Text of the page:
"I am deeply proud and honored to be able to bring these highly talented young men to Charlotte and introduce them to our Symphony and our audience," says Schram. "This Glee Club is extraordinary, and together with our Symphony, they will provide attendees with an evening of music they will long remember."
For more information, click here.
John Goberman is a legendary name in performing arts circles. Probably best known as the creator of Live From Lincoln Center, Goberman developed the audio-video technology for telecasting live arts performances without audience or performer disruption and has earned tons of accolades (including Emmy and Peabody Awards) for his work in the arts.
Goberman also created a series of film-and-concert presentations called Symphonic Night at the Movies with many orchestras, including the Charlotte Symphony.
We kick off our 2015-2016 Pops series with a presentation of Singin' in the Rain September 18 and 19 at 8 p.m. in Belk Theater.
We caught up with Mr. Goberman before he joins us in Charlotte for Singin' in the Rain next weekend.
Charlotte Symphony: So how did the idea of Symphonic Night at the Movies come to you?
John Goberman: It all started with Alexander Nevsky, the great Prokofiev/Eisenstein cowboys-and-Indians Hollywood western, which they converted into a Russians-and-Germans non-esoteric thrilling picture with the best film score ever written. It turned out to be the worst film score recording ever, which is why I thought it would be great to have a real orchestra play it--live--and figured out ways to do that, which we premiered in Los Angeles with Andre Previn.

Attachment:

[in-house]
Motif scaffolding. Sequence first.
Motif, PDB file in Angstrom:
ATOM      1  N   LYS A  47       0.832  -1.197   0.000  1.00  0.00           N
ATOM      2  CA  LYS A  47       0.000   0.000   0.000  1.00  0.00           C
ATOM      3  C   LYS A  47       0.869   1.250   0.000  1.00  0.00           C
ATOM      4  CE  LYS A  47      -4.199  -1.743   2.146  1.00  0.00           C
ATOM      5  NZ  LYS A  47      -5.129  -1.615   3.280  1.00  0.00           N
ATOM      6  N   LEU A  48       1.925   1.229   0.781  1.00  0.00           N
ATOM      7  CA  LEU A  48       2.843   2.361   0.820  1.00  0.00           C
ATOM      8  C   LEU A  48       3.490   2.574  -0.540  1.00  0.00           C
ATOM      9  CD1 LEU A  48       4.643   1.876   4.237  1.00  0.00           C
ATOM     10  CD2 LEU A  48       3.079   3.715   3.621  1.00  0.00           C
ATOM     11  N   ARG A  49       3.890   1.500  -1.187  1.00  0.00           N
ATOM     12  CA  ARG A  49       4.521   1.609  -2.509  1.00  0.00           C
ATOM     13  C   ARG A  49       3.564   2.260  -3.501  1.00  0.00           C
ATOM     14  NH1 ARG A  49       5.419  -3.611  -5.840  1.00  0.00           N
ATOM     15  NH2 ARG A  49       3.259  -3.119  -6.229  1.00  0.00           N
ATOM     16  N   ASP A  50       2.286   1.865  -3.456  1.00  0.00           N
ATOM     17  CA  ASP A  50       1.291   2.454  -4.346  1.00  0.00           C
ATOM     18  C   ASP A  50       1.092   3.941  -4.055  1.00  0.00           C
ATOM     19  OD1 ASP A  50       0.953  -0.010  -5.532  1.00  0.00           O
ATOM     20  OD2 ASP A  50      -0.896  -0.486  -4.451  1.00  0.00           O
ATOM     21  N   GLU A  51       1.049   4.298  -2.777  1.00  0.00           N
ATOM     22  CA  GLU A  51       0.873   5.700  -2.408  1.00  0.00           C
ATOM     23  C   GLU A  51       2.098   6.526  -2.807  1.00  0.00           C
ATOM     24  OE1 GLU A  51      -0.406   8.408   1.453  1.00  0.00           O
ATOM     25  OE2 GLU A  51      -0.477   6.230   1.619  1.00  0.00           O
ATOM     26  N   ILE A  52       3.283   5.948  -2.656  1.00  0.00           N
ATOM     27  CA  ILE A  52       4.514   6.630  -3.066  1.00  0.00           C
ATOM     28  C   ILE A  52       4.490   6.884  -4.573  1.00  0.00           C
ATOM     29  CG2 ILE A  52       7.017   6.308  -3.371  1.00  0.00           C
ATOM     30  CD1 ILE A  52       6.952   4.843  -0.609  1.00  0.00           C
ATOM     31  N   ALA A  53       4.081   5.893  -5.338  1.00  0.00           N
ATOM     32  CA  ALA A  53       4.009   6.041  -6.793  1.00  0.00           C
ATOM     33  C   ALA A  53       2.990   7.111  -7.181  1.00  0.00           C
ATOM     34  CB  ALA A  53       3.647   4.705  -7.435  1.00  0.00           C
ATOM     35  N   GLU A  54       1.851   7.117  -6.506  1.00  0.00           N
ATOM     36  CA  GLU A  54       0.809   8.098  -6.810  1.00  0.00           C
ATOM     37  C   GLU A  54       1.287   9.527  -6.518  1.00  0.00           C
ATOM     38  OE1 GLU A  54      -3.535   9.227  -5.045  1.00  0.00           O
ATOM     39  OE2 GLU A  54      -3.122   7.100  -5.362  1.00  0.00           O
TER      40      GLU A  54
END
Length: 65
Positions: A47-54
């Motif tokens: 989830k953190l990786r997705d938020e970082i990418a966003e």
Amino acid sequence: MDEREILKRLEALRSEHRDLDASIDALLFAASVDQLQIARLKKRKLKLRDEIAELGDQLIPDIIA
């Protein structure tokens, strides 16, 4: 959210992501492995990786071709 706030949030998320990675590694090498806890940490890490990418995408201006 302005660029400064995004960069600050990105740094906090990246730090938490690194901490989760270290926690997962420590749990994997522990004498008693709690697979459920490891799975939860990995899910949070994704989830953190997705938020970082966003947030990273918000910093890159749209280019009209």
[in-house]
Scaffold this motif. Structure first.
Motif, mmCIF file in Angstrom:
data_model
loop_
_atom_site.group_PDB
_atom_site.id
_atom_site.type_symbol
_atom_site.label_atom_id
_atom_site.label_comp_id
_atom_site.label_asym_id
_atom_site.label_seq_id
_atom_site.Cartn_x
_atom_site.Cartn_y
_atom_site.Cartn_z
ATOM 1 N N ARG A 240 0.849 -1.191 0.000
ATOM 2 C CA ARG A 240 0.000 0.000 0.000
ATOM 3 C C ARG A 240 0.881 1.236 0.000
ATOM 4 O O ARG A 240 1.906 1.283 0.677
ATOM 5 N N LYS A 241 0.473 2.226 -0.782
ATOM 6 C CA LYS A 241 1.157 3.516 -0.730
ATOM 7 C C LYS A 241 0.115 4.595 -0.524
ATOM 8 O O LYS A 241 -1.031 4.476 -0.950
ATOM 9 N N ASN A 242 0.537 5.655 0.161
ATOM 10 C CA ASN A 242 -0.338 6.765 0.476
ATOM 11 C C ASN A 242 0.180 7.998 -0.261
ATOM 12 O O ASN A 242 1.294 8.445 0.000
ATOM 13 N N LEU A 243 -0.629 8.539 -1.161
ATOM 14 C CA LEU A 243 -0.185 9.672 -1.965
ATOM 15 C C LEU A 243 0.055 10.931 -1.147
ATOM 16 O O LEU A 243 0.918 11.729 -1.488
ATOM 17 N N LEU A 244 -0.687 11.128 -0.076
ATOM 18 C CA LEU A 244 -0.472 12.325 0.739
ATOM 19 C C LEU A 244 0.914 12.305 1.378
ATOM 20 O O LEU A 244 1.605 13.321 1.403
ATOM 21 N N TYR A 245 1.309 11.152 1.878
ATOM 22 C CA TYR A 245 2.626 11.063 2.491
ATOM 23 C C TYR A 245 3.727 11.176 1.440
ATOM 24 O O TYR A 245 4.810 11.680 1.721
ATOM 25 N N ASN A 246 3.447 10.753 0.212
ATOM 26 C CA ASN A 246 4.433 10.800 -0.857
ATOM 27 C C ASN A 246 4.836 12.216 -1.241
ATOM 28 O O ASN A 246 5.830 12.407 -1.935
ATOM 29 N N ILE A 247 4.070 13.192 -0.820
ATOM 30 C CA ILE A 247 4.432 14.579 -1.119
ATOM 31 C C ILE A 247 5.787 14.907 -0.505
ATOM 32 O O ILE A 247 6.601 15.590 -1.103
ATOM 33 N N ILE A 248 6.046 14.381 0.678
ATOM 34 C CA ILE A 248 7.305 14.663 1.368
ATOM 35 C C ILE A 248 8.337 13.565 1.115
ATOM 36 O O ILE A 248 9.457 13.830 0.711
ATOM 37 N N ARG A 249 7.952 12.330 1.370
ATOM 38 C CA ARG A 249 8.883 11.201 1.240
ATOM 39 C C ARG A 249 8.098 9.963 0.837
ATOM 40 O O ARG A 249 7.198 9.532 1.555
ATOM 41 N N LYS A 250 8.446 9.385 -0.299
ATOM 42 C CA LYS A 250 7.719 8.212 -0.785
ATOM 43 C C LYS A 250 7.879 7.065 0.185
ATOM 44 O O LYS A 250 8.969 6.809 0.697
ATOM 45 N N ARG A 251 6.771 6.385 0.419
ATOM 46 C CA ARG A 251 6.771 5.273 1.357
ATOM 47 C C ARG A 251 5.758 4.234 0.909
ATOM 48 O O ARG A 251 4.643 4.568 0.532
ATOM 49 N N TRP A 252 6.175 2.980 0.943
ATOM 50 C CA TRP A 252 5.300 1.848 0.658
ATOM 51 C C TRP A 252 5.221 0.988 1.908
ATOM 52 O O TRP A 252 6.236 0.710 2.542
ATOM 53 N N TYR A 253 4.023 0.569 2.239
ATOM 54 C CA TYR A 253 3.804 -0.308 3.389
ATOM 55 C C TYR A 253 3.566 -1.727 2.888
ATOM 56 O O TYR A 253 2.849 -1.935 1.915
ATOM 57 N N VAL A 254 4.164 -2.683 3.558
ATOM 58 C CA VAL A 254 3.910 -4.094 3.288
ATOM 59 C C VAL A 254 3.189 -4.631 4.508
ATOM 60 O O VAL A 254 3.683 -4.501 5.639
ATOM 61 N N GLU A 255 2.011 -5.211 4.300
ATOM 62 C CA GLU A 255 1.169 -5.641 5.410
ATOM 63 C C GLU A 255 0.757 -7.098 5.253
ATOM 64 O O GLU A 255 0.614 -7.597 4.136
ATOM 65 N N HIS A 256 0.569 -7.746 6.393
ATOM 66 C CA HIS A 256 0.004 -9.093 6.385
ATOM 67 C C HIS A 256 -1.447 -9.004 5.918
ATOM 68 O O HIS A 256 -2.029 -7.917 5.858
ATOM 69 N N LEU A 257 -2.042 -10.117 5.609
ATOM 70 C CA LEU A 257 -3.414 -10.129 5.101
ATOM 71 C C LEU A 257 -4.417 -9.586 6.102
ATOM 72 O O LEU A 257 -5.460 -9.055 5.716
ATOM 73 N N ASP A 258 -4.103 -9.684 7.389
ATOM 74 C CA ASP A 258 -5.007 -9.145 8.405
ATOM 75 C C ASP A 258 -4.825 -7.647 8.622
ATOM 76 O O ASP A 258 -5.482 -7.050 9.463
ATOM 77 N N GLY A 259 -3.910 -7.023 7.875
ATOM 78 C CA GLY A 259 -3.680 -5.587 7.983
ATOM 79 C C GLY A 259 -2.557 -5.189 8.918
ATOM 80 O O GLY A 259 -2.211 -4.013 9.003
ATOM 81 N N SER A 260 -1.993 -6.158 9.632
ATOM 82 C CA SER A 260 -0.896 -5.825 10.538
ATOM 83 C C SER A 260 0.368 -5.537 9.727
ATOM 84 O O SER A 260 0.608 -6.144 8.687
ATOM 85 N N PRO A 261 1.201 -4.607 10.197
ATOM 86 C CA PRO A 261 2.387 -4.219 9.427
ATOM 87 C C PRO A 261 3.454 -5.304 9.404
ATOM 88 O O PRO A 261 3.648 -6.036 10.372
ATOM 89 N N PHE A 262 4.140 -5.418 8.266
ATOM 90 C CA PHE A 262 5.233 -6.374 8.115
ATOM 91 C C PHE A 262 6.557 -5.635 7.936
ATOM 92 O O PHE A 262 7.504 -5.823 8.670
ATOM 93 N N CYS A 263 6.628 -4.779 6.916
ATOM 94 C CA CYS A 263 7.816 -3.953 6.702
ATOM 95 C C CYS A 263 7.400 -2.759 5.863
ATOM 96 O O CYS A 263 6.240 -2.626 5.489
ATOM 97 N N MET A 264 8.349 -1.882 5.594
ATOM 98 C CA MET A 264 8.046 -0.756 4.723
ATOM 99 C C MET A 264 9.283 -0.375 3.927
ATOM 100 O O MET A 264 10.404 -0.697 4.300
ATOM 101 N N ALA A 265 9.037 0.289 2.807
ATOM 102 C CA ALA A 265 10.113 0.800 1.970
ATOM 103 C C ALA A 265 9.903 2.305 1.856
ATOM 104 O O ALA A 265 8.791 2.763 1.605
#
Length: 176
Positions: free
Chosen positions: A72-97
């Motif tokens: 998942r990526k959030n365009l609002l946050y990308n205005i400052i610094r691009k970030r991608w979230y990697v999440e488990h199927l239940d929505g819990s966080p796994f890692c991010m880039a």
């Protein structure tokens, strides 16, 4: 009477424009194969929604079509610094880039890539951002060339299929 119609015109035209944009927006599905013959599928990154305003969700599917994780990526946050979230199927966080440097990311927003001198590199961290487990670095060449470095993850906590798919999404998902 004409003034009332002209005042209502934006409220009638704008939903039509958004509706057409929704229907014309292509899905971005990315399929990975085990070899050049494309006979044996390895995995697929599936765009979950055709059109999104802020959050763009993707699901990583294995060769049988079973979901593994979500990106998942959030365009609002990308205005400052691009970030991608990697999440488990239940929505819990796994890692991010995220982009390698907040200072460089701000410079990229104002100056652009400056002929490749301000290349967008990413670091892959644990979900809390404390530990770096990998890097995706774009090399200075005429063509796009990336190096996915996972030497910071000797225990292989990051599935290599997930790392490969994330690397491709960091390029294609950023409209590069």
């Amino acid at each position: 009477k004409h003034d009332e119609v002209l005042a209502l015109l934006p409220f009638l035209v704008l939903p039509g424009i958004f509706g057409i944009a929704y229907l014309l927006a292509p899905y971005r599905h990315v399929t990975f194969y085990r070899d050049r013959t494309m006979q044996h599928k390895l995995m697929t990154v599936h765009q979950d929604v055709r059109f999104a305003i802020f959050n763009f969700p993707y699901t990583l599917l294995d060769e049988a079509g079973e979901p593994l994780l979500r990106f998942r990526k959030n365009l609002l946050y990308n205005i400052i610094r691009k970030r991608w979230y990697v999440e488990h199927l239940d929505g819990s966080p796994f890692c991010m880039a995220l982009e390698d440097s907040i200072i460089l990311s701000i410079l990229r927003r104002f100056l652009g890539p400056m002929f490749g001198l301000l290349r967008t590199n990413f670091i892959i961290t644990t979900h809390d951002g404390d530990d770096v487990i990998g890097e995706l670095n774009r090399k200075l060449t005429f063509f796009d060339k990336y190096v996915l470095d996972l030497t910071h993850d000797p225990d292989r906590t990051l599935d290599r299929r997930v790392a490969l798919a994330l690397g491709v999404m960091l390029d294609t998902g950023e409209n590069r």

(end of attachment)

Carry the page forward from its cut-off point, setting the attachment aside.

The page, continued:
CS: Why was that important to implement when you did?
JG: Because there was a period of Hollywood filmmaking that used symphonic music, I thought there might be some other films where the live presence and sound of a symphony orchestra would fill (at least the composer's) concept of the music. The Wizard of Oz, Singin' in the Rain, Psycho, Casablanca--they're all films in which the music is extremely important to the experience. The presence of an orchestra turns the event into a performance of a film, instead of just a screening of a film.
CS: Seems complicated. How exactly will Conductor Albert-George Schram coordinate all of this?
JG: I like to think that this experience for the conductor and orchestra is very much like playing an opera--when there's give and take between the performers and orchestra--except here there is no give. The conductor will be accompanying the singers on the screen just as he would in an opera. And while there is no "adjusting" coming from the screen singers--you can be sure they will do it the same every time! Same with the dancers.
CS: So, does the orchestra rehearse with the movie on? How do they prepare?